BRICS Bank receives strong support from finance ministers
Finance ministers of Brazil, Russia, India, China and South Africa
have agreed on a BRICS bank on the lines of the World Bank and the
International Monetary Fund (IMF) that will address the
development needs of emerging
In a clear signal of their ascendance in the geopolitical space,
the leaders of Brazil, Russia, India, China and South Africa
Wednesday gave their go-ahead to a BRICS bank, rivalling the World
Bank and the International Monetary Fund (IMF), to address the
development challenges of poor and emerging economies.
The leaders, who met for the 5th BRICS Summit here -- where the
Indian delegation was led by Prime Minister Manmohan Singh -- also
endorsed a $100-billion contingency reserve arrangement that will
be deployed when any of the five member-nations faces a crisis.
"We (the finance ministers of the five countries) gave a big idea
and that idea has now become a reality -- that is the BRICS
development bank," Indian Finance Minister P. Chidambaram told
journalists here, soon after the conclusion of the plenary session
on the second day of the two-day summit.
He said the finance ministers and officials of the two countries
have been given a 12-month time-frame to work out modalities like
the capital of the proposed bank, its domicile and the governance
"We should have a nearly complete document when the leaders meet
again in Brazil next March," he added.
As regards the contingency reserve arrangement, Chidambaram said
the bulk of the money, that is $41 billion, will be pledged by
China, $18 billion each will come from India, Brazil and Russia,
while South Africa has agreed to $5 billion.
The proposal for the BRICS bank and a contingency reserve
arrangement was mooted when India hosted the previous BRICS Summit
in New Delhi. This was to counter the influence of other global
institutions like the World Bank that are more tuned to pursuing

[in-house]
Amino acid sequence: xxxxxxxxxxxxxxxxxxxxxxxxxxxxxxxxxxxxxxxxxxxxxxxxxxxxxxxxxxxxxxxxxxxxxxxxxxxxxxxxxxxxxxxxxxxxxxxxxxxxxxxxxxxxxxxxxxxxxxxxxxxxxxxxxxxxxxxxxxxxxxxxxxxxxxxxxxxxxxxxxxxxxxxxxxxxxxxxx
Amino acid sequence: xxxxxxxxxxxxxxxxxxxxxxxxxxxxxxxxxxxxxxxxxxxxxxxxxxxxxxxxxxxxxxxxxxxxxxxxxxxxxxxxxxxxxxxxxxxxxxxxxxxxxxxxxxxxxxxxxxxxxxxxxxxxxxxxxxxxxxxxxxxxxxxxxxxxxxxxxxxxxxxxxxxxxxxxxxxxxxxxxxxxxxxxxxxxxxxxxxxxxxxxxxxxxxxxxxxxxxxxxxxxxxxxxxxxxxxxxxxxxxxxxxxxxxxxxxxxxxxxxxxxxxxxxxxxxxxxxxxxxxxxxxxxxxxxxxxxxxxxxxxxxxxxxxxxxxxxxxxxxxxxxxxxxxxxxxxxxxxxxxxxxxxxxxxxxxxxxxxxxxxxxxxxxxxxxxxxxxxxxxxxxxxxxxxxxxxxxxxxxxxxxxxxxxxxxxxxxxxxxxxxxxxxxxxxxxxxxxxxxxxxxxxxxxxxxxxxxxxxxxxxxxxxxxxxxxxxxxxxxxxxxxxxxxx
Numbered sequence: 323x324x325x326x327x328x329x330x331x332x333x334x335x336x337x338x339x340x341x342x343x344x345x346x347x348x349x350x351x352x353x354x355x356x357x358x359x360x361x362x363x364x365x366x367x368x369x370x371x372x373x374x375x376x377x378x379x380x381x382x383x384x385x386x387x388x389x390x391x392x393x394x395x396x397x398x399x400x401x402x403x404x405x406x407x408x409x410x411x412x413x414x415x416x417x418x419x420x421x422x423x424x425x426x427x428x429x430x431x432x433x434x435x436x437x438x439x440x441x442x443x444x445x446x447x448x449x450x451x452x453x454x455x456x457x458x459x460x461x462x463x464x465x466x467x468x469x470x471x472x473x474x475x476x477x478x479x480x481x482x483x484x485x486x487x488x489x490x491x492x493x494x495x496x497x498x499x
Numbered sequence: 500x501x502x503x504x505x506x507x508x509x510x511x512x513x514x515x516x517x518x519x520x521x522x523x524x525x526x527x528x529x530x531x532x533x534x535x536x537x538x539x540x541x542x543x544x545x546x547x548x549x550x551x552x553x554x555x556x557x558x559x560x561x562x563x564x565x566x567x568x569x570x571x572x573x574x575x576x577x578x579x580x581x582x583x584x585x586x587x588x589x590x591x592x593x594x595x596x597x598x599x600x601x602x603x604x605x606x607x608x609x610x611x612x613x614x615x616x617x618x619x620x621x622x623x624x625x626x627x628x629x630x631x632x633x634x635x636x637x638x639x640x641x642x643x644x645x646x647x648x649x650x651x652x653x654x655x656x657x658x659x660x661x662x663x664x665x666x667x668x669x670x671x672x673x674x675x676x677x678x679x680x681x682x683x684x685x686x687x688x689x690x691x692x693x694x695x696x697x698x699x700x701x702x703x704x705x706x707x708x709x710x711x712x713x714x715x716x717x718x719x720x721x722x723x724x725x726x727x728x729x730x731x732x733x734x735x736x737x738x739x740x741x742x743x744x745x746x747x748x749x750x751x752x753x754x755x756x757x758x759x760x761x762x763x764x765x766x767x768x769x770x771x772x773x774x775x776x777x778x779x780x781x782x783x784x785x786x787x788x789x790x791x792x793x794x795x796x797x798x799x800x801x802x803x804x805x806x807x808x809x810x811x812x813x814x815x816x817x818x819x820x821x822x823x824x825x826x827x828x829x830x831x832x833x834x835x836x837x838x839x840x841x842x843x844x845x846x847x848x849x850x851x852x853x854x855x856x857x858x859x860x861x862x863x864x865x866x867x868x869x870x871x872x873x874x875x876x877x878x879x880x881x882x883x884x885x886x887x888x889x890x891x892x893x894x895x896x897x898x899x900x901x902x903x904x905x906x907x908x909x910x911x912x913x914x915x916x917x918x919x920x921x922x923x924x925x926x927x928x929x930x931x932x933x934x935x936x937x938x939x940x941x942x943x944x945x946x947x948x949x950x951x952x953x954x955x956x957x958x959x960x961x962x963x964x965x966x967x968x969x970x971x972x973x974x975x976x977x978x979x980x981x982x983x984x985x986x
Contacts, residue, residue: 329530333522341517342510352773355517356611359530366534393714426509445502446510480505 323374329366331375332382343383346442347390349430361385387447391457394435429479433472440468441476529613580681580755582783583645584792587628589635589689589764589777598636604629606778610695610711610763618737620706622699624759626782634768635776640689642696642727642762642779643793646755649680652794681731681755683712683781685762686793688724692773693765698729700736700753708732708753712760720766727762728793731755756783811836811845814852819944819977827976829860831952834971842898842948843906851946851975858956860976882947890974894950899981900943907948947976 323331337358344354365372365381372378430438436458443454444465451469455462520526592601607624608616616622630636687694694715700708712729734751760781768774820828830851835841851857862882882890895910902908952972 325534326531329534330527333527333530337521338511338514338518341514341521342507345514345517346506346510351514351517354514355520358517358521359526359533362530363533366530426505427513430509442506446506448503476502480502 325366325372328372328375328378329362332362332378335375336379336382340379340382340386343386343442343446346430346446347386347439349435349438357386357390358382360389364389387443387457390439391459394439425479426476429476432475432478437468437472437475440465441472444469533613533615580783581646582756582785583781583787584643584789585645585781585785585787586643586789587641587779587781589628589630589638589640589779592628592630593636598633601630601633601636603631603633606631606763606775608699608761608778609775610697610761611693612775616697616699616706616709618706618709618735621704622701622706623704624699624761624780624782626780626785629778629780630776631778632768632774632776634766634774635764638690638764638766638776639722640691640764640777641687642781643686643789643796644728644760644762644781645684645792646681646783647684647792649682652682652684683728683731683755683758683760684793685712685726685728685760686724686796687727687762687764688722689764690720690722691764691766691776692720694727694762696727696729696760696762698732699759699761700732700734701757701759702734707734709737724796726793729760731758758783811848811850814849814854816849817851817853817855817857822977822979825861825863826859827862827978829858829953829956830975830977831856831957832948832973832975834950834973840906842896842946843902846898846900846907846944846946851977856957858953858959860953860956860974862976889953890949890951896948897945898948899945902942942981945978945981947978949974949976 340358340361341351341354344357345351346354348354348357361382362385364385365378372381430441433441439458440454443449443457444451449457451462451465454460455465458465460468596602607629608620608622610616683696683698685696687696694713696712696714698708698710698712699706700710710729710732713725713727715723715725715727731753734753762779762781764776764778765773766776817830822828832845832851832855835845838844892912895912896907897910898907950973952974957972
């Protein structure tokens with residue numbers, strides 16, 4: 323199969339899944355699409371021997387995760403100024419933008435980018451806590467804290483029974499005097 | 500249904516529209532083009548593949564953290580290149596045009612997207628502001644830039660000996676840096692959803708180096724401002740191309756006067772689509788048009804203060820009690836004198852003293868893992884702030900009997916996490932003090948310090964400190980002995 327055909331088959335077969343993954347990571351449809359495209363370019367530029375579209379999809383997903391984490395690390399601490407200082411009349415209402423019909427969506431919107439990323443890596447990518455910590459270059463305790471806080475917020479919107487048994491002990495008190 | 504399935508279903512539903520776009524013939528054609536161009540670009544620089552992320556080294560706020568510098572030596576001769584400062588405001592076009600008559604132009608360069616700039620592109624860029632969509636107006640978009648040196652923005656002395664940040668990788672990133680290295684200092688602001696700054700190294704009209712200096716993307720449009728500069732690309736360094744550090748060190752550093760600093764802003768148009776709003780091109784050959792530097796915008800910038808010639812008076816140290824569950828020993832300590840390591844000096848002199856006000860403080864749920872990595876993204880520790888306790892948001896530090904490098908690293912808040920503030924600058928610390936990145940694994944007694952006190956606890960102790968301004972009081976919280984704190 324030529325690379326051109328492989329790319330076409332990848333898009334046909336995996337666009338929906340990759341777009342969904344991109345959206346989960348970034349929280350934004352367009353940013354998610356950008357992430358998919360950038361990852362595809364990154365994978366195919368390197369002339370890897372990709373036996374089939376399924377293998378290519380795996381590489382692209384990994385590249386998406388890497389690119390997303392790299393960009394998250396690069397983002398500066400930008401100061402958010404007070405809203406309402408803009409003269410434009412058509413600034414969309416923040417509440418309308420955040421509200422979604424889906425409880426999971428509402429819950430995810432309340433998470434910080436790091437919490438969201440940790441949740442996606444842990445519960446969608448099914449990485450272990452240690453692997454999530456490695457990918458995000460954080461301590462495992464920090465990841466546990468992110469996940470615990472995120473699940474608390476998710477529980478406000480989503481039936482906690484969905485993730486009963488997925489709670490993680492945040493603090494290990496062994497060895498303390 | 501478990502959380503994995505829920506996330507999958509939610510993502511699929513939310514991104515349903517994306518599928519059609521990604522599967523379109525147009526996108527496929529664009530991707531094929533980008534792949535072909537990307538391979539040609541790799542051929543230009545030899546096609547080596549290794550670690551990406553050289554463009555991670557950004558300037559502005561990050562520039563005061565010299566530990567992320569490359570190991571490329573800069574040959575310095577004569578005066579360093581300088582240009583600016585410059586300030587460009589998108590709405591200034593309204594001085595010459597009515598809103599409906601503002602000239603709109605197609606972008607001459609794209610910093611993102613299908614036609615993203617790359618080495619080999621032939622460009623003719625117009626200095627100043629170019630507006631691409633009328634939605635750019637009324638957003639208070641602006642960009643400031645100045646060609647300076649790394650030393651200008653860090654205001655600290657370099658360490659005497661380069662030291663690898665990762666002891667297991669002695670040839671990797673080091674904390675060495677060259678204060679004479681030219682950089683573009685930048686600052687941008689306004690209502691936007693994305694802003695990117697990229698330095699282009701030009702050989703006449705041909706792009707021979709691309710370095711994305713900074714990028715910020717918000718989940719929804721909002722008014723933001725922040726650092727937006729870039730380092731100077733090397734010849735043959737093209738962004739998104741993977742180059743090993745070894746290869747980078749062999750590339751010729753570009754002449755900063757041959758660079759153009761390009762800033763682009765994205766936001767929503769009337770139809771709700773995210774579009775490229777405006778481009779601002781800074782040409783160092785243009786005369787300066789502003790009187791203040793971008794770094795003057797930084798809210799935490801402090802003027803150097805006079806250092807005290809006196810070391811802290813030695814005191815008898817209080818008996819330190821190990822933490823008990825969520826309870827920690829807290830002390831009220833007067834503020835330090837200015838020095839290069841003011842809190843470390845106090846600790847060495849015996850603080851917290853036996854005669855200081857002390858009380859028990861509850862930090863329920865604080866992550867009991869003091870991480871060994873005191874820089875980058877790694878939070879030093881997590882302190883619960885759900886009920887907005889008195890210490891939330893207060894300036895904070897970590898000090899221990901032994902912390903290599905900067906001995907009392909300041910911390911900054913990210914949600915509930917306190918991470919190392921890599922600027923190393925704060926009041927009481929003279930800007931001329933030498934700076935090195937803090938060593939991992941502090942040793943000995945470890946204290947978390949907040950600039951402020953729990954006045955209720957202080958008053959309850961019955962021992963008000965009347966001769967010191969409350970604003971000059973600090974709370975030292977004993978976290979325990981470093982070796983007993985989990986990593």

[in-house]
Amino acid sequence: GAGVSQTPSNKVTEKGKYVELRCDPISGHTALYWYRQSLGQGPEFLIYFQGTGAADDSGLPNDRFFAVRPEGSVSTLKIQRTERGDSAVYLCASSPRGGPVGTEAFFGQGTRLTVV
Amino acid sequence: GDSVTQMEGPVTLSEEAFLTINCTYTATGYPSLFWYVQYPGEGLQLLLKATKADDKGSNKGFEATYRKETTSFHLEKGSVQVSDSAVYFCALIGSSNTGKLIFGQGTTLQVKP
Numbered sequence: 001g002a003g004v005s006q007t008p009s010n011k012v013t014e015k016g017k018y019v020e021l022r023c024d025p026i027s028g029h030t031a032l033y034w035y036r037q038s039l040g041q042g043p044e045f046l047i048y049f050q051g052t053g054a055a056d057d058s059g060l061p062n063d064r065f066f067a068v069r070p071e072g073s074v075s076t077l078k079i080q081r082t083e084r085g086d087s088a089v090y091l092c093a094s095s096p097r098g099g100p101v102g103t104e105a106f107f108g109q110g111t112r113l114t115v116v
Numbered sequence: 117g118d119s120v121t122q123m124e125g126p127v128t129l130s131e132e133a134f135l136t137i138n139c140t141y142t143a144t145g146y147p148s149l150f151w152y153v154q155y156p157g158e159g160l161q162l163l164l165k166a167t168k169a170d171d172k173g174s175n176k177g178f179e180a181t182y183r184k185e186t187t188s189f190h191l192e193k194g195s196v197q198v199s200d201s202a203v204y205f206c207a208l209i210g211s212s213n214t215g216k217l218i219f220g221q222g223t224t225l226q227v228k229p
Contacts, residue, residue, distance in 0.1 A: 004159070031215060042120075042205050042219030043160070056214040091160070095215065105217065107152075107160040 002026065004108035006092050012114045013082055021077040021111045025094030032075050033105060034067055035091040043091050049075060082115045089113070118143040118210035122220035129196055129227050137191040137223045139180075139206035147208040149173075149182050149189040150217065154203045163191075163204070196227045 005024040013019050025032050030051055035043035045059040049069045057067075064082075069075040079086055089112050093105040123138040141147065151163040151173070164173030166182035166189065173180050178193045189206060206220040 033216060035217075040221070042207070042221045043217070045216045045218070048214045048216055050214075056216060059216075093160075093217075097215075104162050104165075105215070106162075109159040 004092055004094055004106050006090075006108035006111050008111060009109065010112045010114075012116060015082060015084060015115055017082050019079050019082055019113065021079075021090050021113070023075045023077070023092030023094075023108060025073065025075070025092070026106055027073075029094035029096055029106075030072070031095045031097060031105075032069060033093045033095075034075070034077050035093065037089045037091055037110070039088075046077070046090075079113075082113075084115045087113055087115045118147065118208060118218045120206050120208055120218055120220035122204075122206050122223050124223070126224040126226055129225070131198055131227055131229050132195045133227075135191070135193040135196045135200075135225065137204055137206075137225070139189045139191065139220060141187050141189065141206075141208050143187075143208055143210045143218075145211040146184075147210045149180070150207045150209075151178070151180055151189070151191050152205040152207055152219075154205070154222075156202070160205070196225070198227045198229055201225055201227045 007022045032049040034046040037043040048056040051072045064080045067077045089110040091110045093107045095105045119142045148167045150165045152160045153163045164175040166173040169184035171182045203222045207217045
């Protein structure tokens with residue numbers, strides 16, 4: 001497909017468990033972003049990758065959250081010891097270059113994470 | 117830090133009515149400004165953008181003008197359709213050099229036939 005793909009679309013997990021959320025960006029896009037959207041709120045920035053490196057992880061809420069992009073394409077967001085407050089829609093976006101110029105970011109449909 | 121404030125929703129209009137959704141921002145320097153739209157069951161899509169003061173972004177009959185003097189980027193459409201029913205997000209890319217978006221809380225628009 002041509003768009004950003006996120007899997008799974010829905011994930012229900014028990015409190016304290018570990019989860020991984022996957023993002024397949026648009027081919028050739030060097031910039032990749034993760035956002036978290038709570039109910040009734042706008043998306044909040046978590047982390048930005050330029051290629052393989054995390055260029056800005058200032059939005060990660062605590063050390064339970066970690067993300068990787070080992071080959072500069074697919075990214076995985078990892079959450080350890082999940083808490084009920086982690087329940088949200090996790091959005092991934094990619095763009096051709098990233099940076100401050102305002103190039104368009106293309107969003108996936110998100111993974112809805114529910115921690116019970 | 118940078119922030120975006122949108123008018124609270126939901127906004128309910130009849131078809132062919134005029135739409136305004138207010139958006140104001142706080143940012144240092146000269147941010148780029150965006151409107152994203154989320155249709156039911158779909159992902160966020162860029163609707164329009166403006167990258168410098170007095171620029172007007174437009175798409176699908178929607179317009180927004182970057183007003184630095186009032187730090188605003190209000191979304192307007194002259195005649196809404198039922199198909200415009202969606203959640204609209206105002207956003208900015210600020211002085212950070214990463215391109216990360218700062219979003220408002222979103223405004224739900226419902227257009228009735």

the policies as dictated by the West.
"It gives me great satisfaction to note that one of the ideas that
we first discussed at New Delhi, that of instituting a mechanism
to recycle surplus savings in infrastructure investments in
developing countries, has been given concrete shape during the
Durban Summit," Manmohan Singh told the plenary.
"We have agreed to establish the New Development Bank. The initial
contribution to the Bank should be substantial and sufficient for
the Bank to be effective in financing infrastructure," the leaders
said in a joint statement, officially called the eThekwini
Declaration after the African name for Durban.
The five-member BRICS bloc collectively accounts for 40 percent of
the world's population, 30 percent of the world's land mass, 20
percent of the gross domestic product in real terms and 26 percent
of purchasing power. They also together have foreign exchange
reserves of $4.3 trillion.
Besides the bank and the reserve arrangement, the BRICS Summit
also established a business council with five members each from
the five countries, a consortium of think tanks and an enabling
agreement among the development banks of the five countries to
enhance financing for projects in Africa.
With this, the Summit has delivered on all the five items listed
on the agenda by host South Africa.
"These are good beginnings," Chidambaram said, adding that the
collective size of the five member-states of BRICS -- in terms of
population, output and reserves -- makes it an important bloc. "We
should be able to influence discussion and decisions in G20, the
IMF and other multilateral institutions."
(Arvind Padmanabhan can be contacted at firstname.lastname@example.org)